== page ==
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Marguerite Poland


Chapter 8:
Questions to challenge you!

Keith Tankard
Updated: 4 March 2014
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There are two distinct stories here.

  • In the first, Walter's party goes to Mbokothwe to find the deranged Brompton;
  • In the second, Frances collapses into feelings of despair and guilt at Victor's non-return. She eventually journeys to his bedroom and is found there by Victor.


In a work of art, nothing happens by chance. Indeed, it is sculptured by the hand of a meticulous artist.

There must therefore be a critical reason for Marguerite Poland's splitting Chapter 8 into the search for the deranged Brompton and Frances's waiting up for Victor's return.

The author does not explain but rather leaves it to the reader to connect the incidents. At its centre, however, one surely witnesses the triumph of the "Shades"?


Walter, Benedict and Crispin go to Mbokothwe to find the deranged Brompton. They arrive there to find an unsettling, ghostly atmosphere.

The mission reveals all the signs of witchcraft, and both Brompton and Pusey appear to have disappeared. There is also an antagonistic attitude amongst the non-Christian amaXhosa.


Back at St. Matthias, Frances too appears bewitched. Victor holds her emotions in his hands. She is held captive to her Victorian religious upbringing. Finally, Helmina weaves a web of enchantment about her.

Victorian morality forces guilt onto her because she has met Victor secretly and allowed him to kiss her.

Helmina sends this guilt into a spiral of self-condemnation by insisting that it is the woman who sins merely by causing the man to be sexually aroused.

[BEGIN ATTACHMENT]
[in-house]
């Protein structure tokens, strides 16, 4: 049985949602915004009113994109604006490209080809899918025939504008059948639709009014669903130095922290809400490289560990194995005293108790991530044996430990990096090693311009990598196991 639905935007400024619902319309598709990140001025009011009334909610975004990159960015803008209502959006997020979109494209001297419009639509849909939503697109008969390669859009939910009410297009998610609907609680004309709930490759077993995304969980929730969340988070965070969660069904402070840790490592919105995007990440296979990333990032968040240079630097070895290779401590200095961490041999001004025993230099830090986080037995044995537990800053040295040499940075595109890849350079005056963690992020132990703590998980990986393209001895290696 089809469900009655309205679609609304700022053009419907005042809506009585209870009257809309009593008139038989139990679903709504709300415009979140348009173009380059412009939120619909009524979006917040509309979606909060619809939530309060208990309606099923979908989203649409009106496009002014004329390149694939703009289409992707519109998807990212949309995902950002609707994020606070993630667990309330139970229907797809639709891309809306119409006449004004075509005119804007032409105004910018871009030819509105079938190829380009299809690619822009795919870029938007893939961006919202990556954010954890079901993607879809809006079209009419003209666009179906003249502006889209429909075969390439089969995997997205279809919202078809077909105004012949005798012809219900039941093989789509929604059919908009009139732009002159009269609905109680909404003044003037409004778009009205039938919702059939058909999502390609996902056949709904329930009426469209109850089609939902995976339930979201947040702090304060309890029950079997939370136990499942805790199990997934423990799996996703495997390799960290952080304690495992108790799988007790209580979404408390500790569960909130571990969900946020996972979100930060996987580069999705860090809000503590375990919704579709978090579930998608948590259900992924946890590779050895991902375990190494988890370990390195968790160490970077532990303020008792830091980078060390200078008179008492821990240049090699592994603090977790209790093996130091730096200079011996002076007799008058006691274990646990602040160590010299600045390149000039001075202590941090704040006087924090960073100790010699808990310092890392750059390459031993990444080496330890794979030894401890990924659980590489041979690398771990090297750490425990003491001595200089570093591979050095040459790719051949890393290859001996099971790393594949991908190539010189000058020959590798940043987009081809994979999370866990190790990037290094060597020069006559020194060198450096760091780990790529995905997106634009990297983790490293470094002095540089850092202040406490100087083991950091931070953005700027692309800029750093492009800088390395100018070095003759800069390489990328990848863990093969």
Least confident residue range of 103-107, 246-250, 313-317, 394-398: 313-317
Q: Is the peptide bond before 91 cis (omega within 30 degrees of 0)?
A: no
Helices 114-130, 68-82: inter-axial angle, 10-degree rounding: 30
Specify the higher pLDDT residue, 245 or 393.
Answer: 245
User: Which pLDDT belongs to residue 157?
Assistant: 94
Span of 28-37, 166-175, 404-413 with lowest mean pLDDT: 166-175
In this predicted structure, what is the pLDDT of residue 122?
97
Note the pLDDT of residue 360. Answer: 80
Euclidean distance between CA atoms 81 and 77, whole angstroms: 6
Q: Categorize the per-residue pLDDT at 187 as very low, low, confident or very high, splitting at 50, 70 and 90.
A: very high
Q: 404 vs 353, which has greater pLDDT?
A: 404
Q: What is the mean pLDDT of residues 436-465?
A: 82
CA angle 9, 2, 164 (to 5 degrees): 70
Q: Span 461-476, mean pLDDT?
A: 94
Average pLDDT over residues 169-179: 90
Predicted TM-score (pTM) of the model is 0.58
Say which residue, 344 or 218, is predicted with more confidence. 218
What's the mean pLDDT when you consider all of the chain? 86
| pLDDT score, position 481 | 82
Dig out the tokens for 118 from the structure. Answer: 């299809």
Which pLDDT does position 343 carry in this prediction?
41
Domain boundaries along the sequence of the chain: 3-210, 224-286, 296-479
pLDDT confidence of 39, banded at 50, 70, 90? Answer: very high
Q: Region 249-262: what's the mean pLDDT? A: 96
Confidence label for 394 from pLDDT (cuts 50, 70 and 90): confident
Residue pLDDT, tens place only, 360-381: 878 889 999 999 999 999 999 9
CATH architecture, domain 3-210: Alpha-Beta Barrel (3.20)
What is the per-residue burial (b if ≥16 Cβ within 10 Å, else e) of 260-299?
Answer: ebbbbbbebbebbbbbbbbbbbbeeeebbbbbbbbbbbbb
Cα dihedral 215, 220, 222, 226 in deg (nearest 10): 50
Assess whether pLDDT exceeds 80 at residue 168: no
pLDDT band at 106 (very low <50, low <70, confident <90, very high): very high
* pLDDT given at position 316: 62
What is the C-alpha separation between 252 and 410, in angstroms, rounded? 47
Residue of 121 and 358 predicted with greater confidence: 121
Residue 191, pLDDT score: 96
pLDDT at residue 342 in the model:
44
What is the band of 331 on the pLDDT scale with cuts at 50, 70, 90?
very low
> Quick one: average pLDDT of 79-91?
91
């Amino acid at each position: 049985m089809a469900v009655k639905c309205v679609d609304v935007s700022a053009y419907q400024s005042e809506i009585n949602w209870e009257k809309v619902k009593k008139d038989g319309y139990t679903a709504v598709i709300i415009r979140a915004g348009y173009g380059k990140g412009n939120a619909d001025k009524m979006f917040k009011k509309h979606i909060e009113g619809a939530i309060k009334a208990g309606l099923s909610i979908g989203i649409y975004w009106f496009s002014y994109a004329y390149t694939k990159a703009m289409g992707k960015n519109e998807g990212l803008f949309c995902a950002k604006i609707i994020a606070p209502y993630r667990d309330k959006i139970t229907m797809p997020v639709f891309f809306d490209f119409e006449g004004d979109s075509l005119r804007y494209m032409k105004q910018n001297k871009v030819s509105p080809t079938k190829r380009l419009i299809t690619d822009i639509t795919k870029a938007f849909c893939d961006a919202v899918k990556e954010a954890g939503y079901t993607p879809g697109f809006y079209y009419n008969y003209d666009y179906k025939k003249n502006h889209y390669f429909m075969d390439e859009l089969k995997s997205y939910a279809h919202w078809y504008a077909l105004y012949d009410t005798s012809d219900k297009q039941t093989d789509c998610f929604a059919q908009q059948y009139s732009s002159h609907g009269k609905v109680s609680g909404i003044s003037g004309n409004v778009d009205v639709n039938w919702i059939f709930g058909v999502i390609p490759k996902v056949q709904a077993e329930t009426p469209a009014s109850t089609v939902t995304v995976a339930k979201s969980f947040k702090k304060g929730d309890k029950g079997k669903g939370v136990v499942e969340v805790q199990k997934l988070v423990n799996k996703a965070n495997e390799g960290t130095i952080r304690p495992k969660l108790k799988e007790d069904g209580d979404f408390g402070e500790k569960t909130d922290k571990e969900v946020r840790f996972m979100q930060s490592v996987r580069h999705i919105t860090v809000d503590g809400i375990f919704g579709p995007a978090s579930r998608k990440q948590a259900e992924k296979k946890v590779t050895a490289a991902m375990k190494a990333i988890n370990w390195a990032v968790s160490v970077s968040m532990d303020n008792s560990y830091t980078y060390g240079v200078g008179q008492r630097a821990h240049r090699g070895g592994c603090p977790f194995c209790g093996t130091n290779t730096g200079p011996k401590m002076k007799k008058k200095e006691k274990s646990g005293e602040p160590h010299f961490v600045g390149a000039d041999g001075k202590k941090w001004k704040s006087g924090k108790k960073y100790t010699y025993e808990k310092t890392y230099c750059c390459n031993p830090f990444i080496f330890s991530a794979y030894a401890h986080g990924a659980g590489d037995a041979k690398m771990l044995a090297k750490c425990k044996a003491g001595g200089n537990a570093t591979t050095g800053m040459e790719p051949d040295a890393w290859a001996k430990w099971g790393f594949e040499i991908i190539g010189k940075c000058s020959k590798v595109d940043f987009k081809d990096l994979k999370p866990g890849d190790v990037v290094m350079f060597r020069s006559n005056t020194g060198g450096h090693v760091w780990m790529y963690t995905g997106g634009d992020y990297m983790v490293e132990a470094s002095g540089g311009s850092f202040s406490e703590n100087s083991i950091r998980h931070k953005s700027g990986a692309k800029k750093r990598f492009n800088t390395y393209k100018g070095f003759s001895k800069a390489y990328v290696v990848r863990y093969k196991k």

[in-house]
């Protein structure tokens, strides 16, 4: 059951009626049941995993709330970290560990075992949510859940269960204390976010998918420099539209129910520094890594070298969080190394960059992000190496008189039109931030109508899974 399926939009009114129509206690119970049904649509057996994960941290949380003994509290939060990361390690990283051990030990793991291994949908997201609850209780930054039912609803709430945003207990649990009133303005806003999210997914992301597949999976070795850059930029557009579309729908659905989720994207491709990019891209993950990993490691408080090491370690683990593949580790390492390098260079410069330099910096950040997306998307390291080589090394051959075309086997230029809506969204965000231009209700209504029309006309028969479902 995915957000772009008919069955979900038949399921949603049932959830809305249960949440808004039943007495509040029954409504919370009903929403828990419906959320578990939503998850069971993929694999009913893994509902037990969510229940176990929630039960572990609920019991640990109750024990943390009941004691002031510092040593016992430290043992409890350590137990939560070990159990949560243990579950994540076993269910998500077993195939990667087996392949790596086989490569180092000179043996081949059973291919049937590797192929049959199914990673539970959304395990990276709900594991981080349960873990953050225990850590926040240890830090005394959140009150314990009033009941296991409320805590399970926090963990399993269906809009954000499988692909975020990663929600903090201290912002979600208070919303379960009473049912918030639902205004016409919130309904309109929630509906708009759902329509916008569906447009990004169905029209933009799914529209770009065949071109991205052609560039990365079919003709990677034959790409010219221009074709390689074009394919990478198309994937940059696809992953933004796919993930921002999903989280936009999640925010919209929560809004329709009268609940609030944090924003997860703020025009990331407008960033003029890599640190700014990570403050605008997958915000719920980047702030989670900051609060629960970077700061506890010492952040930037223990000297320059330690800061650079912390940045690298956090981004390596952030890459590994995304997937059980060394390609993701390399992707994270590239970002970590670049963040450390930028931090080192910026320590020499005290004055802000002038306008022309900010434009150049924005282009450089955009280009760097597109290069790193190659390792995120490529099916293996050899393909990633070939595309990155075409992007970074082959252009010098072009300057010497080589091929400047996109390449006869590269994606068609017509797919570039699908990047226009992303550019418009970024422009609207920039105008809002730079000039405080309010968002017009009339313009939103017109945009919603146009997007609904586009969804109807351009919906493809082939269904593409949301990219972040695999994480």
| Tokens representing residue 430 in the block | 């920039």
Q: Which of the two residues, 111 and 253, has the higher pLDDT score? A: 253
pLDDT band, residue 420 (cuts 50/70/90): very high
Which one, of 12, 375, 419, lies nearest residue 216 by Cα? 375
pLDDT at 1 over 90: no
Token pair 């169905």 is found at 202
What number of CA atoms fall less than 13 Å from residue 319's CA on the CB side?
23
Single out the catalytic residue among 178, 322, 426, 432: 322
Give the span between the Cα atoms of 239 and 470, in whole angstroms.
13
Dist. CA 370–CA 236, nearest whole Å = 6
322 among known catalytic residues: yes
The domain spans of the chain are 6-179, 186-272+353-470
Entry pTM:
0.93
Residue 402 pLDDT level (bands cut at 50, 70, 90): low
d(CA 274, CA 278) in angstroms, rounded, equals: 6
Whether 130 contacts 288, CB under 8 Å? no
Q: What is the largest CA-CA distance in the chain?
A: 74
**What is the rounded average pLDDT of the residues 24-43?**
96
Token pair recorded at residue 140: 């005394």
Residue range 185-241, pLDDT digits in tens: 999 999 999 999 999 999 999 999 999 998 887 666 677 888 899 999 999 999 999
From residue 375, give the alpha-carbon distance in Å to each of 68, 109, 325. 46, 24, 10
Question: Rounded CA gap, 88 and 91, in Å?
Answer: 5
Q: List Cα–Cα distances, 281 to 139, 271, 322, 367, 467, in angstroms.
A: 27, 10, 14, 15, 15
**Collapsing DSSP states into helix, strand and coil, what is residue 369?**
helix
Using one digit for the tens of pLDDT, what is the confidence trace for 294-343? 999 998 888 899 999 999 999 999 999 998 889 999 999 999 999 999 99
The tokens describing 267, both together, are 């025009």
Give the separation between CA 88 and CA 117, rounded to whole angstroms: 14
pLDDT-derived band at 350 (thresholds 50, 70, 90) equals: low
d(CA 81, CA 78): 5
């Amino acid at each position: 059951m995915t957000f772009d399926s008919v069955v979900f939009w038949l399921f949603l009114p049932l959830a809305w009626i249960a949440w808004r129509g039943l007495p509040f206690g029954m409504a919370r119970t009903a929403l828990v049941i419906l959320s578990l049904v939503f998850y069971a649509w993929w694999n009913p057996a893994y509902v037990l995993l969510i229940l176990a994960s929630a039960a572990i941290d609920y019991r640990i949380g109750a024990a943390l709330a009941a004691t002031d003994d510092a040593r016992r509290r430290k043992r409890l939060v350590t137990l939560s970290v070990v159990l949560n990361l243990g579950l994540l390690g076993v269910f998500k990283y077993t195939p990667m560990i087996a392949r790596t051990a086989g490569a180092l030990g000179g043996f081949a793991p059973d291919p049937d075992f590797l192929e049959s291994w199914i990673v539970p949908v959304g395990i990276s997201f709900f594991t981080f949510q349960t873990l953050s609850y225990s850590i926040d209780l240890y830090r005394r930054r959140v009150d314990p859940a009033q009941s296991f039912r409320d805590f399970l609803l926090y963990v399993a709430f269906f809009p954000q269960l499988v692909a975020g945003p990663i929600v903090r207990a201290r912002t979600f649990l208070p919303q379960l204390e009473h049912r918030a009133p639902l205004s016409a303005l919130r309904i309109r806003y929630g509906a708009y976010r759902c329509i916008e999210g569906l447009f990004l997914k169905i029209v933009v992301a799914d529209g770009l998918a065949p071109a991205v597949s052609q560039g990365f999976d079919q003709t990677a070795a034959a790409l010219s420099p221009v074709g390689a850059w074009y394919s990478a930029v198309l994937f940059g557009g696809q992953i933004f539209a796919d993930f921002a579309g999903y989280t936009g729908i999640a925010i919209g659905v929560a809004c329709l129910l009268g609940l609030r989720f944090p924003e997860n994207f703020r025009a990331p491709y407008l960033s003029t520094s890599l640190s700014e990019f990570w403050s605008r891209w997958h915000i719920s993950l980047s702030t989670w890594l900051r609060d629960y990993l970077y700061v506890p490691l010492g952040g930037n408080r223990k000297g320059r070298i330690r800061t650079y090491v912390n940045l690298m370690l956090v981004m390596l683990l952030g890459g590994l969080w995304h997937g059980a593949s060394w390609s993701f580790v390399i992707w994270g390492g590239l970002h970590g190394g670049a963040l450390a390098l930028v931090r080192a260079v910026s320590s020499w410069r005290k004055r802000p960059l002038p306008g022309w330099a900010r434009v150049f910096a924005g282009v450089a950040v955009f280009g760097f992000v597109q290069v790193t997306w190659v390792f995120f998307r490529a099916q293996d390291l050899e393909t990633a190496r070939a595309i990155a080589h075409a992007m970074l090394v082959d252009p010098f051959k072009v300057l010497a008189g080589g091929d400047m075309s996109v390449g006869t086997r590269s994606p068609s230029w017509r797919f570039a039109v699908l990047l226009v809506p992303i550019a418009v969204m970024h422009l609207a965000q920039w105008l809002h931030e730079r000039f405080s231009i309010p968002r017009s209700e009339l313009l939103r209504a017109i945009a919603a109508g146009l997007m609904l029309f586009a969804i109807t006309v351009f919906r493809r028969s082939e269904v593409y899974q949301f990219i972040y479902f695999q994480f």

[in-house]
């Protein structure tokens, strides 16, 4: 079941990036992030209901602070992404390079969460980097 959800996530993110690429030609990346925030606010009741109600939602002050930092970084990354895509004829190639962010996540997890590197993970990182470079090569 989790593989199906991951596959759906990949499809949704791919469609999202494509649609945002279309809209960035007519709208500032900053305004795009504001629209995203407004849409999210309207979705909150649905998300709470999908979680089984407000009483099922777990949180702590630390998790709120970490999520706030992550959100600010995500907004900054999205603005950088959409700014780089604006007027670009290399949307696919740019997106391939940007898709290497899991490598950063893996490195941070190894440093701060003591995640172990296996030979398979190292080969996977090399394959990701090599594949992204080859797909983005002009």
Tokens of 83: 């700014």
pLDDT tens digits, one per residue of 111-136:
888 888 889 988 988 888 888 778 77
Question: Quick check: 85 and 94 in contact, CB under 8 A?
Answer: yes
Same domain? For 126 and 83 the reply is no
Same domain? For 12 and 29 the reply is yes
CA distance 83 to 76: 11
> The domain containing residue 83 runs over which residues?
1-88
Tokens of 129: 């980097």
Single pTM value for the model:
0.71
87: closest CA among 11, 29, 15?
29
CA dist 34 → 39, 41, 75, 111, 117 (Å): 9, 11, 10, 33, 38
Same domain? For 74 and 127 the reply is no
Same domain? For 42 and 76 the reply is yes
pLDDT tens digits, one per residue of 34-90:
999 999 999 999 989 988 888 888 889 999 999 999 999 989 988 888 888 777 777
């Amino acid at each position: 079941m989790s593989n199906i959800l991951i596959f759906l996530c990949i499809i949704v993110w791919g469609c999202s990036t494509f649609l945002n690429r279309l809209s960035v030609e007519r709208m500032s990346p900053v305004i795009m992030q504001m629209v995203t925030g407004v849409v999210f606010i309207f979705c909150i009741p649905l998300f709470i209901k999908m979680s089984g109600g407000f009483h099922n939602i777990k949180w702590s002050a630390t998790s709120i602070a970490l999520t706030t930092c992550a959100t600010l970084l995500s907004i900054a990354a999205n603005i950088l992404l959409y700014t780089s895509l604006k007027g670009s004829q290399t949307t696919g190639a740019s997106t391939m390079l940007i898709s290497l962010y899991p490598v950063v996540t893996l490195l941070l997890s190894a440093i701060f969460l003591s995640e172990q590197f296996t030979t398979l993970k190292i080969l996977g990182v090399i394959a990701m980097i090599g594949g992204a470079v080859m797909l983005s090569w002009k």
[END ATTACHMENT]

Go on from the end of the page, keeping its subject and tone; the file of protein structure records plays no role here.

Frances is deeply aware that she has aroused strong sexual feelings in Victor and this loads guilt upon guilt on her overwrought conscience.

When Victor plays his final game, delaying his homecoming till she is distraught, she has no answer but to succumb to his every desire.

Both incidents -- at Mbokothwe and St Matthias -- have therefore the characteristics of magical manipulation by unseen forces.

At Mbokothwe, the Shades appear to play their mischievous game unchecked.

At St Matthias, on the other hand, it is more low-key. But a mischievous game is nevertheless also being played on Frances.

Have you looked at the questions
in the right column?
Read the left column and then answer
the following questions:

Mbokothwe appears to be a place possessed by demons.
  • What strange happenings occur there the evening that Walter's party arrives? (5)

[Need help?]

"God could see her. He could see what she was hiding in her heart . . . He knew her. He knew her well."
  • For the first time we witness Frances as an insecure young woman, flooded with a sense of guilt. Explain this guilt. (10)

[Need help?]

Frances believed that she had caused in Victor "that strange and powerful affliction that she'd witnessed".
  • What was this "affliction"? (4)

[Need help?]

"The passions of men are easily provoked and can cause them the greatest distress and harm. Ensure that you are never a cause of their sudden arousal, for that is your sin rather than theirs and any consequences would be your fault entirely."
  • Considering that Frances was both innocent and naive, explain what effect this advice would have had on her very impressionable mind. (4)

[Need help?]

  • How does this affect Frances's emotions on the night when Victor is late in returning? (6)

[Need help?]

Why does Frances go to Victor's room? (4)

(HINT: Be careful with your answers. You must view Frances from the point of view of Victorian morality -- she would not have gone to Victor's room to have sex with him! You must also see the answer from the author's point of view. Marguerite Poland tells us quite clearly why Frances went into Victor's room.)

[Need help?]

Why does Frances throw herself into Victor's arms when he finds her in his room? (6)

[Need help?]

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